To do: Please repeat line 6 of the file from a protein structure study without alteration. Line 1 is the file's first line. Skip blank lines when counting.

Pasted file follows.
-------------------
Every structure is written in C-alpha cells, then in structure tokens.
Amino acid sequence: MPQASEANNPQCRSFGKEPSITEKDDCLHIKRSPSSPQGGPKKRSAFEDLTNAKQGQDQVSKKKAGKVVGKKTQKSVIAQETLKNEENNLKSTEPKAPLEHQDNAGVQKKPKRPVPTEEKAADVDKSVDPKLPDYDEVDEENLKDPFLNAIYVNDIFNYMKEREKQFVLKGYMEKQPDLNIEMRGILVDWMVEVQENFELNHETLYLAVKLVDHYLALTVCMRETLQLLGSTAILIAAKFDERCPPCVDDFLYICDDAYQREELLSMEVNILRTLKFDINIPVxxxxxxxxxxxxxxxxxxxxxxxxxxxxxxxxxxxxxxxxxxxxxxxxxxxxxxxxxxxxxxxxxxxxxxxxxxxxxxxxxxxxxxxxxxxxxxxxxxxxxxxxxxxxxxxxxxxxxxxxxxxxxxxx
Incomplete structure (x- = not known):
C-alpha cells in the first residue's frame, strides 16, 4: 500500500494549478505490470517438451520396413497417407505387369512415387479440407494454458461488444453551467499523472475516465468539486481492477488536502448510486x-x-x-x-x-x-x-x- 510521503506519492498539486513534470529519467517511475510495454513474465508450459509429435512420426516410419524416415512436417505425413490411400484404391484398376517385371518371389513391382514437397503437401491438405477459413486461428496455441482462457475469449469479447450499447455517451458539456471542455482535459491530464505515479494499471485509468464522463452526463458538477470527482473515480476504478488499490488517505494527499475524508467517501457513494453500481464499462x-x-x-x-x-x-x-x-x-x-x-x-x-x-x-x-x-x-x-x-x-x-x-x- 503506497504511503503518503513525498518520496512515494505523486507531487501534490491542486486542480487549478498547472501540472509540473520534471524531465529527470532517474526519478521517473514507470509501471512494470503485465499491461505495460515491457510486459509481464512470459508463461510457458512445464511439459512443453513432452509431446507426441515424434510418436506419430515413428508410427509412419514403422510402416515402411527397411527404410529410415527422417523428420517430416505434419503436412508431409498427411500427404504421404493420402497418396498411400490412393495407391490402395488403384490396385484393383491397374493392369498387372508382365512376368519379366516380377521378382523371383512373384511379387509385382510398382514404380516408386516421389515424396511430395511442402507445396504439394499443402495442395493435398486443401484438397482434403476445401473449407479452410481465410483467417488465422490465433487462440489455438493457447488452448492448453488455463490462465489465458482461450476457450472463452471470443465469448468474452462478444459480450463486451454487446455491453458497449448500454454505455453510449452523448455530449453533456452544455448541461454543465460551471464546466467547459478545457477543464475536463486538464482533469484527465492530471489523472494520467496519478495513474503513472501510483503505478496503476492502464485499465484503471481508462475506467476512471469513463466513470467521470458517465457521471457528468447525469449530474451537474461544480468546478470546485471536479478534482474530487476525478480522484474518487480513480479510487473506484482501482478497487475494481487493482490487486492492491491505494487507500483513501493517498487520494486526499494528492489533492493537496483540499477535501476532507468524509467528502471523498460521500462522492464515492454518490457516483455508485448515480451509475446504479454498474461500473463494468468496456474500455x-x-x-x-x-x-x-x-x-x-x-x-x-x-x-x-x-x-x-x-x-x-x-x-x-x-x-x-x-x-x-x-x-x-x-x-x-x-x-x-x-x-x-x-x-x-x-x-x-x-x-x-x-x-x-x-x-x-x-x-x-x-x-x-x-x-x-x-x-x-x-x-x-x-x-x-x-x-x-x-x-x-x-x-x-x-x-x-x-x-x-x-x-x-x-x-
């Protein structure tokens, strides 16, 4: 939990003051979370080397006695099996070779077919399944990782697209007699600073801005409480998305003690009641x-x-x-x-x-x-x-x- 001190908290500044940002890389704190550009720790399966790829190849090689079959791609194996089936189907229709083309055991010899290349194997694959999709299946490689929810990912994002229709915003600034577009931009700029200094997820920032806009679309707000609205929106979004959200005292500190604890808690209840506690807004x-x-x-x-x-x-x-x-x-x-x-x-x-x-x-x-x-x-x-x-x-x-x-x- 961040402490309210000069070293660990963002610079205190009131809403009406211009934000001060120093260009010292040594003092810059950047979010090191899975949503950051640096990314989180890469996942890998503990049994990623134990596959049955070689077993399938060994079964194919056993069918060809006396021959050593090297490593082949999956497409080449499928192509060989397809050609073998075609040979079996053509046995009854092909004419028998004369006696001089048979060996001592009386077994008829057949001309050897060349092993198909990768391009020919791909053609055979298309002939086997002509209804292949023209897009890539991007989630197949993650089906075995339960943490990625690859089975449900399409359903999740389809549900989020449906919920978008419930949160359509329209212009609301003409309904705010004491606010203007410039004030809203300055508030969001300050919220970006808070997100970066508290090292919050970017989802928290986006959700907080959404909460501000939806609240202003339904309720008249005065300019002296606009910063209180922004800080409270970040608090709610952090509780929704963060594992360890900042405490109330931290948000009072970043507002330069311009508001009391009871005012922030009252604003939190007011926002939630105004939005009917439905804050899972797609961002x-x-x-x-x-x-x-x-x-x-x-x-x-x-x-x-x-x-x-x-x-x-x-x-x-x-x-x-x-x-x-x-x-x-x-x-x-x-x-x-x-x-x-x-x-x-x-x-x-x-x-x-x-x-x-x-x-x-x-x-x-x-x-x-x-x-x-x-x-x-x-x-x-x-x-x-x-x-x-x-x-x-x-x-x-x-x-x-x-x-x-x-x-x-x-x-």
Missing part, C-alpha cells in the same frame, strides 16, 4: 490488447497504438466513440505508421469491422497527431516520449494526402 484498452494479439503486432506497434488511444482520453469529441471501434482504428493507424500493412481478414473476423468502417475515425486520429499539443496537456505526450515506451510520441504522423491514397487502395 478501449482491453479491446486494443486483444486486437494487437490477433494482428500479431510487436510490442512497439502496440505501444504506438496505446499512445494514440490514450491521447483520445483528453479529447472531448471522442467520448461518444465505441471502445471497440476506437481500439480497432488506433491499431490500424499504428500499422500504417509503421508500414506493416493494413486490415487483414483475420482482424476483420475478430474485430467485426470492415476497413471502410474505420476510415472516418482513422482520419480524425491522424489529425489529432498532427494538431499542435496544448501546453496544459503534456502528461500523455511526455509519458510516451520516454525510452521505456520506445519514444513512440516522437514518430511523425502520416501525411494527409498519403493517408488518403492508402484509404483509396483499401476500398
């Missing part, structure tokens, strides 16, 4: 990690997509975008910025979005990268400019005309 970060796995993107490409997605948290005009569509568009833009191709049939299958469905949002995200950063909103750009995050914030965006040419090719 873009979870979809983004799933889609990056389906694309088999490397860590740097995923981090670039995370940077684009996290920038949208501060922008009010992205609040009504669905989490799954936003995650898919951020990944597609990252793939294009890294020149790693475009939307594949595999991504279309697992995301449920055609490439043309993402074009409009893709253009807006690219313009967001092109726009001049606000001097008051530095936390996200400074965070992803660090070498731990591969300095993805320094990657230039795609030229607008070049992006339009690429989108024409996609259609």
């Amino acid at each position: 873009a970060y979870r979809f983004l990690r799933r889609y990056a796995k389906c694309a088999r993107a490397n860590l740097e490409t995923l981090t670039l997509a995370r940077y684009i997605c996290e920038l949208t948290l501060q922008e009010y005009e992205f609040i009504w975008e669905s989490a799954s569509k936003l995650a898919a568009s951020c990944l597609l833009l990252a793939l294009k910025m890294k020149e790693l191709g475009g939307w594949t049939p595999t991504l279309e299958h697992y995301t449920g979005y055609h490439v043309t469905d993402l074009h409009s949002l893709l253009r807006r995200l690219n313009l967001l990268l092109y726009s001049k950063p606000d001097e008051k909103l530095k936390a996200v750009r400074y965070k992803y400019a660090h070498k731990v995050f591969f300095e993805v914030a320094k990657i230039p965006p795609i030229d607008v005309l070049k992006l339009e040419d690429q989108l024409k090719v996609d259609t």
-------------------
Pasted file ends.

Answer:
Missing part, C-alpha cells in the same frame, strides 16, 4: 490488447497504438466513440505508421469491422497527431516520449494526402 484498452494479439503486432506497434488511444482520453469529441471501434482504428493507424500493412481478414473476423468502417475515425486520429499539443496537456505526450515506451510520441504522423491514397487502395 478501449482491453479491446486494443486483444486486437494487437490477433494482428500479431510487436510490442512497439502496440505501444504506438496505446499512445494514440490514450491521447483520445483528453479529447472531448471522442467520448461518444465505441471502445471497440476506437481500439480497432488506433491499431490500424499504428500499422500504417509503421508500414506493416493494413486490415487483414483475420482482424476483420475478430474485430467485426470492415476497413471502410474505420476510415472516418482513422482520419480524425491522424489529425489529432498532427494538431499542435496544448501546453496544459503534456502528461500523455511526455509519458510516451520516454525510452521505456520506445519514444513512440516522437514518430511523425502520416501525411494527409498519403493517408488518403492508402484509404483509396483499401476500398